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Illinois criminal defense lawyerWhile a DUI conviction can damage anyone’s reputation, livelihood, or financial situation, those that are licensed medical professionals are considered to be at an especially high risk for serious consequences. They can lose their license to practice, and, as evidenced in a recent DUI case involving an Illinois physician, their profession could actually be used against them. If you are a licensed medical professional who was recently arrested for a DUI, learn how you can best protect your future.

Using Your Duty to Protect Against You

As a healthcare professional, you have an implied, and in some cases, sworn duty to protect the public from harm. Driving under the influence of any substance, including alcohol, marijuana, prescription drugs, or other illicit substances, is in direct conflict with that duty. For this reason, the court may see your standing in the community as an aggravating factor in your DUI case, rather than a mitigating one. This is exactly what happened to a local orthopedic surgeon who was recently convicted of his seventh DUI and sentenced to six years in prison.

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Arlington Heights DUI defense lawyerOften, drivers who are arrested on a DUI assume that the evidence against them is irrefutable, and that they must simply accept the consequences of conviction. Nothing could be further from the truth! In fact, there are many defenses that may be used to raise suspicion in your case. Learn more about reasonable doubt, and how you may be able to use it as leverage in your defense.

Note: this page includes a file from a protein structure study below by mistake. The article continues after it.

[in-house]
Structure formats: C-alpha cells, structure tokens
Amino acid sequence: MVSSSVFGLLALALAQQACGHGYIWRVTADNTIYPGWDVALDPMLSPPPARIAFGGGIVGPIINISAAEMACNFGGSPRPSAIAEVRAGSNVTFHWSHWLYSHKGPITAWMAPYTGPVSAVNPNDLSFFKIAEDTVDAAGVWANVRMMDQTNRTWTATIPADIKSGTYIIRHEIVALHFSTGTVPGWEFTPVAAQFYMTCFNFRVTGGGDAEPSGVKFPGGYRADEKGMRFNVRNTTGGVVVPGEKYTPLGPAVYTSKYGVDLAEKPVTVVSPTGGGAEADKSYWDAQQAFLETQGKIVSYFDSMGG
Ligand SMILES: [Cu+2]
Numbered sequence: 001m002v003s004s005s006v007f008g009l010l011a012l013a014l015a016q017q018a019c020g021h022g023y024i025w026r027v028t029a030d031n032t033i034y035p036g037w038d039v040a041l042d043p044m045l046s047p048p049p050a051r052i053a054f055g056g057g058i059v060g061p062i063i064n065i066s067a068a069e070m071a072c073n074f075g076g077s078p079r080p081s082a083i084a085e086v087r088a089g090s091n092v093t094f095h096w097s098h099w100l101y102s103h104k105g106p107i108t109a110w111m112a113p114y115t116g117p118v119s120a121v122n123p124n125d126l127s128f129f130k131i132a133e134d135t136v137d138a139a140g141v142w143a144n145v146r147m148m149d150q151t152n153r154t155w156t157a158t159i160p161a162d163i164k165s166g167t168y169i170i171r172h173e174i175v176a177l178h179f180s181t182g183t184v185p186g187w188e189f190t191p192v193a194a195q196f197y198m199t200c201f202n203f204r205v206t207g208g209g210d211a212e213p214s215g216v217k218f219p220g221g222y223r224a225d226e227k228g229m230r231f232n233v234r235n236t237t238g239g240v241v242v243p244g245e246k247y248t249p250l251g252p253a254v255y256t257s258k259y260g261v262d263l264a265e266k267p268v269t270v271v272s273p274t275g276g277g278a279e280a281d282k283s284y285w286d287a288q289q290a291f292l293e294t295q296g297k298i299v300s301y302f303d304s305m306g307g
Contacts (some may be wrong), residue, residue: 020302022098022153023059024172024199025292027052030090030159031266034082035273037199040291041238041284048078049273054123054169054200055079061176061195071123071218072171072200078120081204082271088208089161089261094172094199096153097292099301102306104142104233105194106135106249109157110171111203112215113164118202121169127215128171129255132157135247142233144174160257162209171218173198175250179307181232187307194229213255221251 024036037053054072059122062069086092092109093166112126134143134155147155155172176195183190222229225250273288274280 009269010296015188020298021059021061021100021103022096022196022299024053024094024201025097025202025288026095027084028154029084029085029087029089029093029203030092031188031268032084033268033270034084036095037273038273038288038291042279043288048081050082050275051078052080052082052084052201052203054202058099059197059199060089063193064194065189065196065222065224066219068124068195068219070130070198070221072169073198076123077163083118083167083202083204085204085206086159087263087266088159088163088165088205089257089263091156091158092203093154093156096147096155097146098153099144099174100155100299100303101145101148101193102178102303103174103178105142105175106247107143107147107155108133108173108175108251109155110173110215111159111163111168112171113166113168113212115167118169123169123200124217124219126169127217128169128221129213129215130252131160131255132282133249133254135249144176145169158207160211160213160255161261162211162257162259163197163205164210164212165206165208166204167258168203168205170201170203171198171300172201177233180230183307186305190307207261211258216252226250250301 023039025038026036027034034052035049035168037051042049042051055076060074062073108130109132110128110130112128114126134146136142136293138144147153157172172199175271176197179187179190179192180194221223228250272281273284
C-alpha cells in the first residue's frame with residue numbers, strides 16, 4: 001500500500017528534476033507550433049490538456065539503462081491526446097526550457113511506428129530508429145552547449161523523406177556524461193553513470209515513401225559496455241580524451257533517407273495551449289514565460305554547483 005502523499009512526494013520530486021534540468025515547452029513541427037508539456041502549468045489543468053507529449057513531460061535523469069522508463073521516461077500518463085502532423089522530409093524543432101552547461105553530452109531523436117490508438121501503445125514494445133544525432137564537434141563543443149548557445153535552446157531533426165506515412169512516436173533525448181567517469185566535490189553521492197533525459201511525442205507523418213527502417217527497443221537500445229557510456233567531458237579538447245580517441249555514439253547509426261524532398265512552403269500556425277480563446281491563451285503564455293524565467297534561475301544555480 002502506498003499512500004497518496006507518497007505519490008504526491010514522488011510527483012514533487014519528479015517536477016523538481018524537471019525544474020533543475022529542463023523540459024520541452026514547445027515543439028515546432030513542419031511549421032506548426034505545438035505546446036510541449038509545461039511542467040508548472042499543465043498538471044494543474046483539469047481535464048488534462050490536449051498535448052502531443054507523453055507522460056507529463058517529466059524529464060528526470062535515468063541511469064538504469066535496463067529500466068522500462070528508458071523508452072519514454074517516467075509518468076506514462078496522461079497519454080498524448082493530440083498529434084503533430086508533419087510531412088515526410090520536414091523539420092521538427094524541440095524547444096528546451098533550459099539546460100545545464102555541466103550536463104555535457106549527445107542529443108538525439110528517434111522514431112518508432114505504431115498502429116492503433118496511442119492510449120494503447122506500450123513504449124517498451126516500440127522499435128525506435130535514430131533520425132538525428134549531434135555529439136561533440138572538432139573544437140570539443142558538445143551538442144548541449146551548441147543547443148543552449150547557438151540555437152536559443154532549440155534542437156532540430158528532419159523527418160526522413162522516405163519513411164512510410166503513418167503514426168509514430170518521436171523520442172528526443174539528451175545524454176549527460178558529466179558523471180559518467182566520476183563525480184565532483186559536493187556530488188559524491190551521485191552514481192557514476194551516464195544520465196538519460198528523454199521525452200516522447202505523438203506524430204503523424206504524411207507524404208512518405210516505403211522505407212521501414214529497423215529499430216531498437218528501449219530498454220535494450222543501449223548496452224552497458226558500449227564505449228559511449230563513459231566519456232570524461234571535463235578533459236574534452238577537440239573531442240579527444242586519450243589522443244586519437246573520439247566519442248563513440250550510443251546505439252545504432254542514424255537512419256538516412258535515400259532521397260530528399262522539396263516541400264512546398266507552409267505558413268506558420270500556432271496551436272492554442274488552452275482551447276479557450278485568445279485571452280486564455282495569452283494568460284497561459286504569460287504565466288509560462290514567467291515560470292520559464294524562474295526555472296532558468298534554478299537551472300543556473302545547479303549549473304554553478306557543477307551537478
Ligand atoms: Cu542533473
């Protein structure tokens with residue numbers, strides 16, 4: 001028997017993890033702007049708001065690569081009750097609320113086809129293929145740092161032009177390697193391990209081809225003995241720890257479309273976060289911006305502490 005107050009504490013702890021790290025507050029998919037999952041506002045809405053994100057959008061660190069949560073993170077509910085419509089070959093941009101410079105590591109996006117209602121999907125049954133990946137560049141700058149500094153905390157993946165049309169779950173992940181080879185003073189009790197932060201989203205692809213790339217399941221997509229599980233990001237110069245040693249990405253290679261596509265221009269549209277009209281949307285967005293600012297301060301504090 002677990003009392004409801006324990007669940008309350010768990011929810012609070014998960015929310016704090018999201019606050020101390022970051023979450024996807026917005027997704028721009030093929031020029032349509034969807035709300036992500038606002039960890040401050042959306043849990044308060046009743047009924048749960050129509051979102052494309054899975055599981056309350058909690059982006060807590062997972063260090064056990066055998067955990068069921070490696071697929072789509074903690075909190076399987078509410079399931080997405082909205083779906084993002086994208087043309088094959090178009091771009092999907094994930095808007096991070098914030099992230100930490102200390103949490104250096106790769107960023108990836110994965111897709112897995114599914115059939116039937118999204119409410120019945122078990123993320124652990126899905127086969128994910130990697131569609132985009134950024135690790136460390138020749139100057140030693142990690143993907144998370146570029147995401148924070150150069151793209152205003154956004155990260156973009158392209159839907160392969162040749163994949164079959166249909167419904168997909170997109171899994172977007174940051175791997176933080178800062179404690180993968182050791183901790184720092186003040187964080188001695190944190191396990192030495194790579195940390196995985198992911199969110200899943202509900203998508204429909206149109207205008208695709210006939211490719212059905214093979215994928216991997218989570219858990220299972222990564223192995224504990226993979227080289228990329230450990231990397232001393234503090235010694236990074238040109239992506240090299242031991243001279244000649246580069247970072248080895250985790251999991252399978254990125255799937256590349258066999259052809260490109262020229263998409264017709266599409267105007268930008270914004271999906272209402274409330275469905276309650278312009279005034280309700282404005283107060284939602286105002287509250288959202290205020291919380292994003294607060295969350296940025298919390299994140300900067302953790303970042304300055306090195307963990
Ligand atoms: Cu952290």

Why Reasonable Doubt is So Important

Because the prosecution is burdened with proving your guilt beyond a reasonable doubt, suspicion can, in some cases, be enough to have your charges dropped. This is a Constitutional right provided to all Americans, and it was enacted to ensure that innocent people were not wrongfully convicted of crimes they did not commit. Yet, raising that suspicion requires extensive knowledge in the legal field, and in the policies, procedures, and testing used to convict DUI offenders. This is why the assistance of an attorney is critical in the fight against your charges.

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Arlington DUI defense attorneyAnyone who is caught driving with a blood alcohol content (BAC) of 0.8 or higher becomes subject to Illinois’ aggressive DUI program. Further, there are certain factors and considerations that can change that DUI charge to an aggravated DUI, which is considered a felony. If you or someone you love has recently been arrested for drinking and driving, know what these factors are, how they can impact a DUI case, and what can be done to pursue the most favorable outcome possible.

Factors and Considerations in an Aggravated DUI

To determine charges and sentencing in a DUI case, judges look at mitigating and aggravating factors and weigh them against the state’s minimum and maximum sentencing guidelines. When mitigating factors (those that may lessen the impact of a DUI) are present – such as having an otherwise clean driving record or being just over the legal limit – the judge may consider a sentence closer to the minimum guidelines. In contrast, aggravating factors (those that indicate severe recklessness) can negatively impact your case and result in a sentence closer to the maximum penalty under law. In particular, there are certain aggravating factors that can lead to an aggravated DUI, including: